The Festival says that there are benefits to programming the fest in this manner, especially in these early stages of development, but it seems to go against the truly democratic nature of the original festival, which was done on a first-come-first-served model. As a certain alternative weekly loved to complain at the time, this opened the Festival up to a certain amount of amateurish productions, but it also encouraged risk-taking among the participants and this spirit leaked out into the rest of the community as a result. This adventurous spirit is what fueled Seattle’s reputation as one of the nation’s leading theater communities. It is entirely possible that the Fest will return to this format, as Harrison notes, “who knows where the festival will be in a couple of years if things continue to improve?”

Here’s hoping this hurdle will be cleared in the years to come.

In the meantime, it should be noted that the Festival vibe was strong at the venues visited for this piece. For example, the lobby at the Center Armory was abuzz with conversation between shows–the talk focused on what was just seen and what else is worthy of viewing at the Fest. Precisely the sort of word of mouth energy that makes for a successful Festival.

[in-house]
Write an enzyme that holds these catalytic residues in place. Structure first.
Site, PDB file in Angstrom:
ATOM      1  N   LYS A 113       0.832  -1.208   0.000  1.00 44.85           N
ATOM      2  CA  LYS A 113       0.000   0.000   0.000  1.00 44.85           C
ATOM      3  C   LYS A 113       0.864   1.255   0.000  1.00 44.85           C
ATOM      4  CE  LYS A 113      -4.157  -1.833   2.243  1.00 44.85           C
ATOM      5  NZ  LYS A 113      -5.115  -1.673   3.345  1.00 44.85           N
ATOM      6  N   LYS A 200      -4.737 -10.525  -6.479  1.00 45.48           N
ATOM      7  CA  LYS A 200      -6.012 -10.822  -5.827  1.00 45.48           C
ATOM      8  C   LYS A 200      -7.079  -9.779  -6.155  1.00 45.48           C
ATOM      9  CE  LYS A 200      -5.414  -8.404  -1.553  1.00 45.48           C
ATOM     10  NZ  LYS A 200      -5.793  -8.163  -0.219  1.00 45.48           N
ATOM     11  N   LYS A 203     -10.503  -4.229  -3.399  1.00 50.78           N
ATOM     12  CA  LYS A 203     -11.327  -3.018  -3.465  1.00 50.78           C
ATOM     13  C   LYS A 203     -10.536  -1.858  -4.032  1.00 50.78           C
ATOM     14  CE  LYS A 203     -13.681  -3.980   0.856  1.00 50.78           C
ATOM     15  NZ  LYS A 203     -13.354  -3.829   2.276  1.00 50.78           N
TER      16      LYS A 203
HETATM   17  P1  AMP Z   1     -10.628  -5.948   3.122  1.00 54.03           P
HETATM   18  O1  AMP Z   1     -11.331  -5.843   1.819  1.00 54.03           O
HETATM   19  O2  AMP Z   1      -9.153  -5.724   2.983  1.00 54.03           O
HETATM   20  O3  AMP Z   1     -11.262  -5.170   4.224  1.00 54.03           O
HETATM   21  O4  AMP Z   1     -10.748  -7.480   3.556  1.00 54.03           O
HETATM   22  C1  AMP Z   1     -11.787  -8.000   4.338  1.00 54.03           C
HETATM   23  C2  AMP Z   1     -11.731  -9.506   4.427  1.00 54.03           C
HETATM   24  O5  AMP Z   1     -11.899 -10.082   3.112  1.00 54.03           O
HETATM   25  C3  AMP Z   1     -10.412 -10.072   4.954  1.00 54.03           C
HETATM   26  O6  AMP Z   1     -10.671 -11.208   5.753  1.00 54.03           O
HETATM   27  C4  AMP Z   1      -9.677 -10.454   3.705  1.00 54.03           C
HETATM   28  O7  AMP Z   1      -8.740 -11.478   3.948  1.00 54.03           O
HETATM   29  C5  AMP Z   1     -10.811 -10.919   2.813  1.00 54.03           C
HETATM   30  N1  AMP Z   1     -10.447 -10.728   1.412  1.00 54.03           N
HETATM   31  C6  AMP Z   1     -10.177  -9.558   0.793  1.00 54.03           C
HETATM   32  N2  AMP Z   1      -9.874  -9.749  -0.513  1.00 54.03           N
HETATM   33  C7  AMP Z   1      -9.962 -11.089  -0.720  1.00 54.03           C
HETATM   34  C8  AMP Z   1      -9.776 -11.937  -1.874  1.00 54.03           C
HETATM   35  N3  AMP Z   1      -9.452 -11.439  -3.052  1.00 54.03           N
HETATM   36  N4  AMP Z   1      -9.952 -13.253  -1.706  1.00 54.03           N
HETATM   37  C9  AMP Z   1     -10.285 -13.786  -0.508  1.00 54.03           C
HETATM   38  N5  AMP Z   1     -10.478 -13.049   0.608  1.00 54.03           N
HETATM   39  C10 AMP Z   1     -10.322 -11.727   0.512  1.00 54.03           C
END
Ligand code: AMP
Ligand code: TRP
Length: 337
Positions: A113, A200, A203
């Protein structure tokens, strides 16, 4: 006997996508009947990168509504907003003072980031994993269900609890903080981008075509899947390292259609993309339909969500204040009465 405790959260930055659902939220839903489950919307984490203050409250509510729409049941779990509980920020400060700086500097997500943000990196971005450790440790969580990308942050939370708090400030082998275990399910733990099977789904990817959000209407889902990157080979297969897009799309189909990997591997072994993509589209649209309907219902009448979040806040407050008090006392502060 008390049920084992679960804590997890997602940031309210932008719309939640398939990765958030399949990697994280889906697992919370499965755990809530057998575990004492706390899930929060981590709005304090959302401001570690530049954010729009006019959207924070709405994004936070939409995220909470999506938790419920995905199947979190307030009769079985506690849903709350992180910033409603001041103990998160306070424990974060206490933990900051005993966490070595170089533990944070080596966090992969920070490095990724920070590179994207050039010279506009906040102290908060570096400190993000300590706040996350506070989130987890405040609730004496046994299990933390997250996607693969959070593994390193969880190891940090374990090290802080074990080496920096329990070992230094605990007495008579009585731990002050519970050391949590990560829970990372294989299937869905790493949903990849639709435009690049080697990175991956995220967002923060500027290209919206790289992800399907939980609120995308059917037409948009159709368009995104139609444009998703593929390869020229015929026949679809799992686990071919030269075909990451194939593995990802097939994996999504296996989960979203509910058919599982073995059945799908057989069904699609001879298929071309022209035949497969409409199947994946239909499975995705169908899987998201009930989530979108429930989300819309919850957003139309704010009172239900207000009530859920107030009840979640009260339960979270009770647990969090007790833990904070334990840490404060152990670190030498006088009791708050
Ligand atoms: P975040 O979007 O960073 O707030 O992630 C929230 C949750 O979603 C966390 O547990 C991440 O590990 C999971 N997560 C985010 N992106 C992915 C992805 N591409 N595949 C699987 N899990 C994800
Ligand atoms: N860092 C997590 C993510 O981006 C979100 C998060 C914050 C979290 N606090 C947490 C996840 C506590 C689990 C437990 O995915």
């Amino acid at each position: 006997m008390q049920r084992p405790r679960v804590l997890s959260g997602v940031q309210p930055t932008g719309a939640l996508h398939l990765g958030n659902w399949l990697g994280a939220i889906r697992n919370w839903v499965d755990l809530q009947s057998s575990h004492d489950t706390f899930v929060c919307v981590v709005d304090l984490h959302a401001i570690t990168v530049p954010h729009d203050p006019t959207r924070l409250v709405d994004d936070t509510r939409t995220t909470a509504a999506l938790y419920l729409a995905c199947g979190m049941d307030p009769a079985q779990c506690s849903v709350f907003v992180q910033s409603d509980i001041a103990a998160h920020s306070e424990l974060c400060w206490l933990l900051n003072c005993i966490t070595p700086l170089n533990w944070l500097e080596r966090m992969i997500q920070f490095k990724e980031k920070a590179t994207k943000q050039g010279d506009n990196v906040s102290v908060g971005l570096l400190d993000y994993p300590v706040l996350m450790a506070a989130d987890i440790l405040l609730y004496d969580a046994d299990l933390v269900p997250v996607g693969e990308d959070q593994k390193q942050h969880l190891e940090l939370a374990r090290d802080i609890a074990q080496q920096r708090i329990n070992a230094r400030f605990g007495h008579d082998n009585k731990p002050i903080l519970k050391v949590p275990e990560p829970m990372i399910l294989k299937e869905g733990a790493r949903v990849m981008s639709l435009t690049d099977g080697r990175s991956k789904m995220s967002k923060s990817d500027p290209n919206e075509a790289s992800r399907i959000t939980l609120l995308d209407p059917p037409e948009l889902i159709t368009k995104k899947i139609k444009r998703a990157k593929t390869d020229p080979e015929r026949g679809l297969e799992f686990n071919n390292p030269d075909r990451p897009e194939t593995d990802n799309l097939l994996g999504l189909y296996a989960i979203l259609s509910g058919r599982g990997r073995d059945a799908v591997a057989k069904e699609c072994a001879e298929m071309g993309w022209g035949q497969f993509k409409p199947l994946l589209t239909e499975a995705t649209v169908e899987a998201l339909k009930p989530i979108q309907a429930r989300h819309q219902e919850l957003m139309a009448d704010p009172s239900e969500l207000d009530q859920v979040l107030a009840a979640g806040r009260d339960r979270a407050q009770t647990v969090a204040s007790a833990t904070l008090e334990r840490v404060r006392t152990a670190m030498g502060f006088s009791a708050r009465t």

A very good sign indeed, and further evidence of the déjà vu we noticed earlier.


Our time at the festival wasn’t as extensive as we would have liked for the first weekend, but here are our impressions of the productions we did see. — ed.

Uncle Seagull at the TPS Center Theater– The Libertinis are a local burlesque themed performance troupe, having sold out productions at Annex Theatre on Capitol Hill and at Ghostlight Theatricals in Ballard. The troupe is known for its tongue in cheek approach to their material, while allowing for moments to develop in performance to accentuate an “anything goes” atmosphere. Billing themselves as equal parts “clown, art […] writ[ing] and burlesque”, one expects a bit of the bawdy to seep into the performance, but perhaps it wasn’t to be for this production. On the evening this correspondent watched, there were times when the piece felt attenuated to accommodate timing restraints, but this is conjecture. The piece as it stands is a clever riff on Chekhov-ian themes, taking pieces from the Cherry Orchard, The Seagull and Three Sisters to tell the story of three orphaned seagulls as they grow to leave their nest. If you like your witty allusions mixed in with silly choreographed numbers, and seek not much else from your entertainment, this is a pleasantly diverting time.